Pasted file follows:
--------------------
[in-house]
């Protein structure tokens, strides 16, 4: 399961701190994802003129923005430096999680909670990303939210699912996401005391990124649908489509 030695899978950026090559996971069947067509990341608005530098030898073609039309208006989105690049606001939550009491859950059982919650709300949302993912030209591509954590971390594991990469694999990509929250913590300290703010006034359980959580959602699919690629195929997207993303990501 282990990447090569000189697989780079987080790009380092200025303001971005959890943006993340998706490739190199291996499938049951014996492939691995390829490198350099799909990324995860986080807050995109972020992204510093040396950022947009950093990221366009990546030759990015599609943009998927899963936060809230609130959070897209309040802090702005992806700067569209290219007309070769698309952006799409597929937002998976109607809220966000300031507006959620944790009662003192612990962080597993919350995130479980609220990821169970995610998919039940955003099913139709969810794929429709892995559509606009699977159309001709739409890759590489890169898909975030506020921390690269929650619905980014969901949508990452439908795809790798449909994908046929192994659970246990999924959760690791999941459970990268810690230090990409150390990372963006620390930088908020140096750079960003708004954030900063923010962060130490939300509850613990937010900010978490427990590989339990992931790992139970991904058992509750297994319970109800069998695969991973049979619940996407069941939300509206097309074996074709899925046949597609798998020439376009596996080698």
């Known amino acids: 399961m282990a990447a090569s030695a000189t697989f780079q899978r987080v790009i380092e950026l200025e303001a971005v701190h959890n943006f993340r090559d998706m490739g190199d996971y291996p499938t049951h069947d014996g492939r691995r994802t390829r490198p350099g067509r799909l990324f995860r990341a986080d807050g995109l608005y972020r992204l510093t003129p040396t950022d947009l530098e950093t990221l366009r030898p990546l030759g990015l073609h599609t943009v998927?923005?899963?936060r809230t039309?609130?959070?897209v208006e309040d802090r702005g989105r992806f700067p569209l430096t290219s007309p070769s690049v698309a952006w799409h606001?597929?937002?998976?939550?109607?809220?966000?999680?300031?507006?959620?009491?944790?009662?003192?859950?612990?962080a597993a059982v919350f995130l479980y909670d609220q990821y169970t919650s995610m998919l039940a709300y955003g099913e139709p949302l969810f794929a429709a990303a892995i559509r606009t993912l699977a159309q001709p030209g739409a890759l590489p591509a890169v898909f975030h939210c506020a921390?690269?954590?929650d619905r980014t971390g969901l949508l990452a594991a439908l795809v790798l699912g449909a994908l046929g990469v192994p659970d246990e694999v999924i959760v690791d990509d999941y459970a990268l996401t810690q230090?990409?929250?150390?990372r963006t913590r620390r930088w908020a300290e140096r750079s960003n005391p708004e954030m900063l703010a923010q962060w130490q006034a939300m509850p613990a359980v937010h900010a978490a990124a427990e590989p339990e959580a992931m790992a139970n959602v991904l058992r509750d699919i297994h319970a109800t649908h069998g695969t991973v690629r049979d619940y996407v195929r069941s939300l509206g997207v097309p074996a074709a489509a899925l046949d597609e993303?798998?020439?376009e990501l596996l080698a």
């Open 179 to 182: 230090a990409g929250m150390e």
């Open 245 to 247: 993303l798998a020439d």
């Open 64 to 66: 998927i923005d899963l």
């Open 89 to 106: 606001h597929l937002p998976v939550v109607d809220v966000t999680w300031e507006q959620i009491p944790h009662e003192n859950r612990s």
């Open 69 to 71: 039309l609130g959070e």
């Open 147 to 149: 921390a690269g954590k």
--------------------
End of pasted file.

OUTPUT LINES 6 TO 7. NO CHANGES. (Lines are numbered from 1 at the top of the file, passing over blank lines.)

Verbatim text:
């Open 64 to 66: 998927i923005d899963l």
């Open 89 to 106: 606001h597929l937002p998976v939550v109607d809220v966000t999680w300031e507006q959620i009491p944790h009662e003192n859950r612990s």